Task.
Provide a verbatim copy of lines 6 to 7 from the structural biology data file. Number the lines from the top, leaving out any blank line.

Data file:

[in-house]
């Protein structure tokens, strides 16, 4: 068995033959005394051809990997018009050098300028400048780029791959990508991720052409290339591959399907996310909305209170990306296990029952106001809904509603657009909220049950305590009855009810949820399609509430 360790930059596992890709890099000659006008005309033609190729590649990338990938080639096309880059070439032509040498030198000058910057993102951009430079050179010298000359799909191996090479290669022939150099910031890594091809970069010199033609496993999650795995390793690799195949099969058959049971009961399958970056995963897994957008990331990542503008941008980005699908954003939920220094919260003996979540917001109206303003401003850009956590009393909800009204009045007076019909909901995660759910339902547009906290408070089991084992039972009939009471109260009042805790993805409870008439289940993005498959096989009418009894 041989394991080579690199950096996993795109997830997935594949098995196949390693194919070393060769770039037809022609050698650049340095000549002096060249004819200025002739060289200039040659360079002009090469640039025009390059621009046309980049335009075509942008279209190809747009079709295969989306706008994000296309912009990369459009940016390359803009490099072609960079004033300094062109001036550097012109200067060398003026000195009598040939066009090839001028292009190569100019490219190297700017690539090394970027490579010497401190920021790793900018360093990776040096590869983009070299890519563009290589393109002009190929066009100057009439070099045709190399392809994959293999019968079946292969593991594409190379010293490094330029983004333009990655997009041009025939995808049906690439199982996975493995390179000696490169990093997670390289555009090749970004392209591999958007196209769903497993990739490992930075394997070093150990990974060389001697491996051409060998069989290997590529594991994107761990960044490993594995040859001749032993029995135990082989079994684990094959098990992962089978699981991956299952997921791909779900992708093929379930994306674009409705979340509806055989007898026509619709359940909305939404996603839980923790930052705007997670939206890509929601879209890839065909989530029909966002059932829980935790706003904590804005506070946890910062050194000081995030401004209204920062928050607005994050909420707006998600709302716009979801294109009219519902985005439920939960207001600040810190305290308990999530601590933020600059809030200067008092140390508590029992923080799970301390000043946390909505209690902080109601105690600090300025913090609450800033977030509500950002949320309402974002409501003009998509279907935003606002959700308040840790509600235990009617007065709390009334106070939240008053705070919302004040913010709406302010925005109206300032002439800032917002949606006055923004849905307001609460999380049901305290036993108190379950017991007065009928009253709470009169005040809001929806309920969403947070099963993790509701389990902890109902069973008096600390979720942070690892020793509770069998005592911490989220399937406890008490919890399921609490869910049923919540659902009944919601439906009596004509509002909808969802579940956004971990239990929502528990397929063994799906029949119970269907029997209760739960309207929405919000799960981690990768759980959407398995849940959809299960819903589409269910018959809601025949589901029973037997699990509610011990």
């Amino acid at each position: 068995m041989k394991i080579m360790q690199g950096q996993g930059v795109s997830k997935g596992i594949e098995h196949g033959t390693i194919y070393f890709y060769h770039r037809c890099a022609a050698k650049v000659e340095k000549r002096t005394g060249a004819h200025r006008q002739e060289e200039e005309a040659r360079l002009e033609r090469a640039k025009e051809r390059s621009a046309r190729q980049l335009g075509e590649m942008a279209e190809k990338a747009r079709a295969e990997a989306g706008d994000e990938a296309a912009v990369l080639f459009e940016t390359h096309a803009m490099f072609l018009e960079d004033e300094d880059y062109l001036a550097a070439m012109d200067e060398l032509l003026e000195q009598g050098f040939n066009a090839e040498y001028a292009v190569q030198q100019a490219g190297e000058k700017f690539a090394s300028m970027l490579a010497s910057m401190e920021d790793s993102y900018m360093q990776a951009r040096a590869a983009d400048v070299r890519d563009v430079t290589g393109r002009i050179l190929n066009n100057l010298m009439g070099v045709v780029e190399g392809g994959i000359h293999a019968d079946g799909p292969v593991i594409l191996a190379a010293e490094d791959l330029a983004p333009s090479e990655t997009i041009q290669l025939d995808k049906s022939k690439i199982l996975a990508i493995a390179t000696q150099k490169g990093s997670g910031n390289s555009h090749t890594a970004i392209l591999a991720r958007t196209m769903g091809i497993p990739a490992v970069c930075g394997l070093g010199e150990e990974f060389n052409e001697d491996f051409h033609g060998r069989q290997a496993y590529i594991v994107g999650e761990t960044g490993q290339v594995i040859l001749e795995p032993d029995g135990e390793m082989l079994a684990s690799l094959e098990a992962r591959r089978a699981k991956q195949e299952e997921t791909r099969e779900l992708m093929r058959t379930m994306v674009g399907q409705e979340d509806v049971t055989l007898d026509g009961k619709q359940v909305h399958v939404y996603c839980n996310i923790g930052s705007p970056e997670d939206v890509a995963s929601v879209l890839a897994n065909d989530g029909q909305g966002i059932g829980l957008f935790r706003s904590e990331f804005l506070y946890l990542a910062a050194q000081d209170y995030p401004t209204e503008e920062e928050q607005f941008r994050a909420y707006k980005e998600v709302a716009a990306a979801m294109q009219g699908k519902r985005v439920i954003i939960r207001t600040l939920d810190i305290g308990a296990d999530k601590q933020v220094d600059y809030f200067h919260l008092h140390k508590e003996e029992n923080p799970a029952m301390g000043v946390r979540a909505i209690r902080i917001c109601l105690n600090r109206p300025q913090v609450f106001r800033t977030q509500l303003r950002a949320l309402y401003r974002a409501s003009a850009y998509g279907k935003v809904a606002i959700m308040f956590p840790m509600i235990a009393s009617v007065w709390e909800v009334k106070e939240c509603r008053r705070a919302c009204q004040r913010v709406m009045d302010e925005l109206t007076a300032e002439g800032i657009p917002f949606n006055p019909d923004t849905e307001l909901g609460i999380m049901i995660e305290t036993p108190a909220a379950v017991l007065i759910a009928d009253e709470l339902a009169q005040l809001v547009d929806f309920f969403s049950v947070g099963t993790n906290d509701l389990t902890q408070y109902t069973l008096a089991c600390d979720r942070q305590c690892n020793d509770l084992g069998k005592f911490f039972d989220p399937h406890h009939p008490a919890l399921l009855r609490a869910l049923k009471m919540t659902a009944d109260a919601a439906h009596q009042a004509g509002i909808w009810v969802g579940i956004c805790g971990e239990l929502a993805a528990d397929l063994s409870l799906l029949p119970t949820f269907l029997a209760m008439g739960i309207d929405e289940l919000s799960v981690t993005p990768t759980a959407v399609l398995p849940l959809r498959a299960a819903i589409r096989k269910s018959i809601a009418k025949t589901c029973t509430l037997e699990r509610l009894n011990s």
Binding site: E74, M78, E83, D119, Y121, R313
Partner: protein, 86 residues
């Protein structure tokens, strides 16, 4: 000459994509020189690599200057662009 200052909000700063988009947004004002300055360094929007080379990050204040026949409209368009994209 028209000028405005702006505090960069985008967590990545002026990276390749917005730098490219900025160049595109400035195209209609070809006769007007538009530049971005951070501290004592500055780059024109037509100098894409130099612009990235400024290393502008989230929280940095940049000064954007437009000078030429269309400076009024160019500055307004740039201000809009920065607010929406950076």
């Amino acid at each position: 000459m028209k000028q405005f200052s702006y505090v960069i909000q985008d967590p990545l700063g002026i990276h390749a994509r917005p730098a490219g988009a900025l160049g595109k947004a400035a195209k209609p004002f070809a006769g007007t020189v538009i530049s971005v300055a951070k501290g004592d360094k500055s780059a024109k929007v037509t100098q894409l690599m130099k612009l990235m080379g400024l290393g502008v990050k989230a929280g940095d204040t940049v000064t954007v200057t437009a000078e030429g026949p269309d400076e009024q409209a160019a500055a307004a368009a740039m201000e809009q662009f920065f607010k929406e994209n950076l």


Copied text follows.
């Protein structure tokens, strides 16, 4: 000459994509020189690599200057662009 200052909000700063988009947004004002300055360094929007080379990050204040026949409209368009994209 028209000028405005702006505090960069985008967590990545002026990276390749917005730098490219900025160049595109400035195209209609070809006769007007538009530049971005951070501290004592500055780059024109037509100098894409130099612009990235400024290393502008989230929280940095940049000064954007437009000078030429269309400076009024160019500055307004740039201000809009920065607010929406950076």
């Amino acid at each position: 000459m028209k000028q405005f200052s702006y505090v960069i909000q985008d967590p990545l700063g002026i990276h390749a994509r917005p730098a490219g988009a900025l160049g595109k947004a400035a195209k209609p004002f070809a006769g007007t020189v538009i530049s971005v300055a951070k501290g004592d360094k500055s780059a024109k929007v037509t100098q894409l690599m130099k612009l990235m080379g400024l290393g502008v990050k989230a929280g940095d204040t940049v000064t954007v200057t437009a000078e030429g026949p269309d400076e009024q409209a160019a500055a307004a368009a740039m201000e809009q662009f920065f607010k929406e994209n950076l």